I have not seen a paper of later date than the 1st though there is a paper in camp of the 7th and one at Headquarters of the eighth. The Herald of the 7th, they say, contains an account of the landing of the 100th [New York Infantry] on Coles Island. Capt. Payne was telling me that he saw in one of the papers an account of a very extensive bread riot in Richmond. If such riots get into fashion in the confederacy, goodbye to the present administration.
We received orders yesterday to make out muster rolls to send to the Provost Marshal General, for the purpose of having the regiment filled with drafted men. The same order has been sent, I suppose, to the whole army. I think the drafting policy is the true one, and much better than the plan of offering bounties. I also am decidedly in favor of putting the drafted men into old regiments in preference to making new regiments of them.
I am much pleased with Welhelmine’s photographs; she has changed considerably since I left you. I presume I shall find a great change in all the younger members of the family when I get home. I suppose the 21st [New York Infantry] will reach that consummation devoutly to be wished in a short time now. From all accounts, I expect they have never recovered from the cutting up they got at Bull’s Run, Antietam, &c. They were a splendid regiment once.¹
I hope you will excuse all imperfections in this as I did not sleep over one hour last night and only laid down two hours and I have not slept any today. Give my love to Mother, the Butlers, and all the rest of the family. I will write again soon.
Yours truly, — C. E. Walbridge
P. S. Do you know whether Jake Davis ² was on the Keokuk during the bombardment and whether he got off safe, if he was? The Keokuk is visible at low tide off of the point of Morris Island; the rebs attempted to meddle with her yesterday morning, but our blockading fleet drove them off. Remember me to Capt. Dye; — if you haven’t spoken to him about the mess chest, don’t do it. — C.
¹ The 21st New York Infantry fought at the Second Battle of Bull Run and Chantilly, at South Mountain and Antietam, losing 71 members in the latter engagement. The regiment was mustered out of the service on 18 May 1863 having lost during its term of service 75 by death from wounds and 42 by death from other causes.
² Jacob (“Jake”) Davis served as the Paymaster’s Steward on the crew of the Keokuk.
TRANSCRIPTION LETTER TWO
Folly Island, South Carolina
May 10, 1863
I was gladdened this afternoon to receive yours of April 29th, a letter from Mother, one from Louise, do. from Sarah, do. from Annie. Also newspapers from the 22nd to May 1st. The latter contains news of Hooker’s successfully crossing the Rappahannock at four points. Yesterday the Rebel pickets told ours that Hooker is in Richmond! About noon we heard that papers of the 7th had reached the island containing the same information; while just at dusk the Colonel’s orderly arrived, who informed me that there was a paper in camp containing the news of Hookers having been driven back across the river with the loss of six thousand [at Chancellorsville]. So you see we can do as the showman told the little boy, “take our choice.” You may imagine we feel some anxiety and desire to get the real particulars.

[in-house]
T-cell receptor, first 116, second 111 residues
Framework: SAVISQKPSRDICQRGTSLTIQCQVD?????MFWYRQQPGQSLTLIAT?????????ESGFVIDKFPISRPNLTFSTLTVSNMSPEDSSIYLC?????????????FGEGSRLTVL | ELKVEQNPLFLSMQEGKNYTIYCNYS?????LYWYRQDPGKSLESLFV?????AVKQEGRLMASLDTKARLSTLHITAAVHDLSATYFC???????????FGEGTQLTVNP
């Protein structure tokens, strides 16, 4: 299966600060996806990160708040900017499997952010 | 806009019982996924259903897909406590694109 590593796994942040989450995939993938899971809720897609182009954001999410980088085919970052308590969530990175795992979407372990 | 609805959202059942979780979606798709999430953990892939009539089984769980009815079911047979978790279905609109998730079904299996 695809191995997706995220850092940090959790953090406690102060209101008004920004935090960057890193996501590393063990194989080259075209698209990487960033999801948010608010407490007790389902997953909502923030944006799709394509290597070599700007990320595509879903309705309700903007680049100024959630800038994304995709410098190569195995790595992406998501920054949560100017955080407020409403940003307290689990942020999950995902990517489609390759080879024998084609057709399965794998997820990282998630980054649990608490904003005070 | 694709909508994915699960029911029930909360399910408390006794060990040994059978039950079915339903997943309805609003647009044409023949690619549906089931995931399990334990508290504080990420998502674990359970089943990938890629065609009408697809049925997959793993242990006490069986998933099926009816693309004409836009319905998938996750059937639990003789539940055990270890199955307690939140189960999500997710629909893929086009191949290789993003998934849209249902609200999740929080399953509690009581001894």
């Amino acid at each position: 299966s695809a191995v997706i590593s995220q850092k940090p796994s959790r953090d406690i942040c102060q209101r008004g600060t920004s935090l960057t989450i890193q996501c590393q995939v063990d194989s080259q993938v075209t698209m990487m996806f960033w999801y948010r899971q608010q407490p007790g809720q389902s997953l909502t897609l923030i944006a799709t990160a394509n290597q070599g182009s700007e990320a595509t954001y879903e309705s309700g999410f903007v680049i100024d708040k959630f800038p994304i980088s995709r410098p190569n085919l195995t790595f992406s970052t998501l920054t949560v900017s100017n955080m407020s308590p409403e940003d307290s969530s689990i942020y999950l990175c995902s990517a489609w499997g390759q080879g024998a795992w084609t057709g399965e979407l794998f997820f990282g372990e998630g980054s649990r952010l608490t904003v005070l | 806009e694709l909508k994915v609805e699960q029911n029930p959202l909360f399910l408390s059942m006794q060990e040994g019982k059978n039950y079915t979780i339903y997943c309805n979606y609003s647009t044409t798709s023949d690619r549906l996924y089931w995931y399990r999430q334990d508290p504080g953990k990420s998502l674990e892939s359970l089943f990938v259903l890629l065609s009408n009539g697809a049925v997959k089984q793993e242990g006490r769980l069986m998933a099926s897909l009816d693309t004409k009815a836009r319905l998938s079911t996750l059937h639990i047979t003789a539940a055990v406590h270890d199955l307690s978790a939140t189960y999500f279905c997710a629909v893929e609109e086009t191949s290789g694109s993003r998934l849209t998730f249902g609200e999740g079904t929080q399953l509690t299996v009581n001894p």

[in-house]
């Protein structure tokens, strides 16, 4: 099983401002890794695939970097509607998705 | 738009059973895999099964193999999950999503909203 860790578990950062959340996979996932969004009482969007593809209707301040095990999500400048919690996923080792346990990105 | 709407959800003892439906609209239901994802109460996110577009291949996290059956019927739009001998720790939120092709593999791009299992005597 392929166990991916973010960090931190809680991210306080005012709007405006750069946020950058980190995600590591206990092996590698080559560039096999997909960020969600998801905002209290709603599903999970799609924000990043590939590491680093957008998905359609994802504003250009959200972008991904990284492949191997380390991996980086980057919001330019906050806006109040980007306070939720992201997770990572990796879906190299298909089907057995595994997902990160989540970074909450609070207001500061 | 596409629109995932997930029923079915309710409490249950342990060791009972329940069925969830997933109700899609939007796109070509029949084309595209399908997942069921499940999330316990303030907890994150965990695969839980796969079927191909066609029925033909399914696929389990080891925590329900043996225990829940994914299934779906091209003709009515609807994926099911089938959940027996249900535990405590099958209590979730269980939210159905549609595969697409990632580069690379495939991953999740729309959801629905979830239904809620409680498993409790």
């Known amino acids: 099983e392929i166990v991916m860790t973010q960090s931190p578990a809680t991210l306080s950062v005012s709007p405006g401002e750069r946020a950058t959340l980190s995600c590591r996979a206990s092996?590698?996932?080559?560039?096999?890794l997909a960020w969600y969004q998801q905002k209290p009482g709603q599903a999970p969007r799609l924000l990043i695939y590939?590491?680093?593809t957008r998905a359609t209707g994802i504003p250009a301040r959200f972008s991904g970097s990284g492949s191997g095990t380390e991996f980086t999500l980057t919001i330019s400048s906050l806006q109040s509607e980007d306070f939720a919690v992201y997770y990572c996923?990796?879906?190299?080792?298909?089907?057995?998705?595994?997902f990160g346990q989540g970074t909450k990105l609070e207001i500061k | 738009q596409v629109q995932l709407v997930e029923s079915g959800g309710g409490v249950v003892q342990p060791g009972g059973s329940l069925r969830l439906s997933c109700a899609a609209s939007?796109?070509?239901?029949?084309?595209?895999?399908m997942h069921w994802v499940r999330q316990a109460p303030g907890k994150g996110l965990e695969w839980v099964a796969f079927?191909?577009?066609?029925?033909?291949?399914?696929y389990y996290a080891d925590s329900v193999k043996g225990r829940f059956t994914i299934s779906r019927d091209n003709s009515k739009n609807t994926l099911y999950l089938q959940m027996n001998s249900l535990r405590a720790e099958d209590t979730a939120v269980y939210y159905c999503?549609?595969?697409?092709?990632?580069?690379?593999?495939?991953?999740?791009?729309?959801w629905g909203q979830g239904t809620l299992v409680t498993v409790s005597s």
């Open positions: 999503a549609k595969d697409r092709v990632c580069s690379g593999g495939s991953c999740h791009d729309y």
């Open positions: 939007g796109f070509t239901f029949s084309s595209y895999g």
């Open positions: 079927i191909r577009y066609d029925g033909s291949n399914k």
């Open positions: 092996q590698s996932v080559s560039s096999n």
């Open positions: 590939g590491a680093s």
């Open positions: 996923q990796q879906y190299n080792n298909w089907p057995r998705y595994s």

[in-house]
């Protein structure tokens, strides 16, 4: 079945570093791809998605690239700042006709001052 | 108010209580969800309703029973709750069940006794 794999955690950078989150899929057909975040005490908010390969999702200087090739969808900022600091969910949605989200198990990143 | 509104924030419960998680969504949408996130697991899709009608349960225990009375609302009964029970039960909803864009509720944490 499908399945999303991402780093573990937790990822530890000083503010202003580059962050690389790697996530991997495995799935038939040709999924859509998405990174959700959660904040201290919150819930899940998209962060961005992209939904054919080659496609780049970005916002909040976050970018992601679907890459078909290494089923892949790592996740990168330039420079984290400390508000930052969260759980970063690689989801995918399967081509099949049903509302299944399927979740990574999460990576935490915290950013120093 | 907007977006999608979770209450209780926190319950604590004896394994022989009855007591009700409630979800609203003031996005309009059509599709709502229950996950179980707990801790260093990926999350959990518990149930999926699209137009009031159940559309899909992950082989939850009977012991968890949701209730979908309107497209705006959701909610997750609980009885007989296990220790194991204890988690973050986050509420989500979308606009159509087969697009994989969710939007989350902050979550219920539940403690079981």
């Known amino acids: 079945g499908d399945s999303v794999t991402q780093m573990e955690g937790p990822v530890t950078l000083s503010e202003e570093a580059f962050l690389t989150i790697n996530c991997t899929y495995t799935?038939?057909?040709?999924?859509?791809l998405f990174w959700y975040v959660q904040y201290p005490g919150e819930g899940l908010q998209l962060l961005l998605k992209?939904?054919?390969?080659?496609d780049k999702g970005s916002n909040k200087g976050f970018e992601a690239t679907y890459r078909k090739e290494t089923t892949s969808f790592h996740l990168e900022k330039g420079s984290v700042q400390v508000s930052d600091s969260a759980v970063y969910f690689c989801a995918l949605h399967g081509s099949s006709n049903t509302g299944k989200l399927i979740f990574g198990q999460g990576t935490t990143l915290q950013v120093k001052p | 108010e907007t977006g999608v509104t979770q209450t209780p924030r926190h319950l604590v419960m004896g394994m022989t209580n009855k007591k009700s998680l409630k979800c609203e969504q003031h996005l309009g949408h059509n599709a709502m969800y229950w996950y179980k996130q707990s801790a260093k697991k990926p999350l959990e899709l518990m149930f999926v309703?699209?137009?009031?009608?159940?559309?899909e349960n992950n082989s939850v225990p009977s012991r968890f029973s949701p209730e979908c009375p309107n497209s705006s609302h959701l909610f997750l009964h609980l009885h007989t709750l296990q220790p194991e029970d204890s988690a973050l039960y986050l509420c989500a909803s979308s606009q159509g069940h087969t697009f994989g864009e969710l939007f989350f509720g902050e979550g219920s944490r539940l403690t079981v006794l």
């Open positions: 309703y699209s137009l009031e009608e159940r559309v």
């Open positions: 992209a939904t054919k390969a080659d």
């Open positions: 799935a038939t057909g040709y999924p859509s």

The same orderly tells me that my commission has arrived; also [George H.] Stowitz’s, & several others. Stowitz [or Stowits], he says, is assigned to Co. K and Lt. [Elmer] Howell, 2nd Lt. of Co. K, promoted to 1st Lt. Co. H. I supposed that this would be the arrangement. Howell is a good fellow, a trifle slow, but steady and sure, which i much prefer to having a fast man lacking the latter essential.
I had a letter from Bishop today; he is at Beaufort, North Carolina, which is [James] Nagle’s Headquarters. He says Nagle is bound to have his old brigade again, and he was to have gone to Washington on the morning after date of Bishop’s letter (29th). Bishop says he called on you and would like to have made the acquaintance of the rest of the family. He says he thinks “George is the nicest boy in the family.”
I was surprised to hear that Jake Davis was home again. Was he in the Charleston fight? Quite a lucky thing for him, that mustering out arrangement. Give him my regards. I should like to see you up to your eyes in dust & hardware. I have no doubt you will succeed as a salesman; there is no doubt but it is much more necessary for a merchant to be a good purchaser, and salesman, than to be a book-keeper. How about the traveling? Do you think you will be sent off on a trip this summer? I was quite surprised to hear that Pat was at work in the garden. I think he is about as good as a gardener as we have ever had; he works so faithfully. I wonder if his views on the enlistment question have changes any since I used to expostulate with him on the sly in Mrs. Foote’s barn.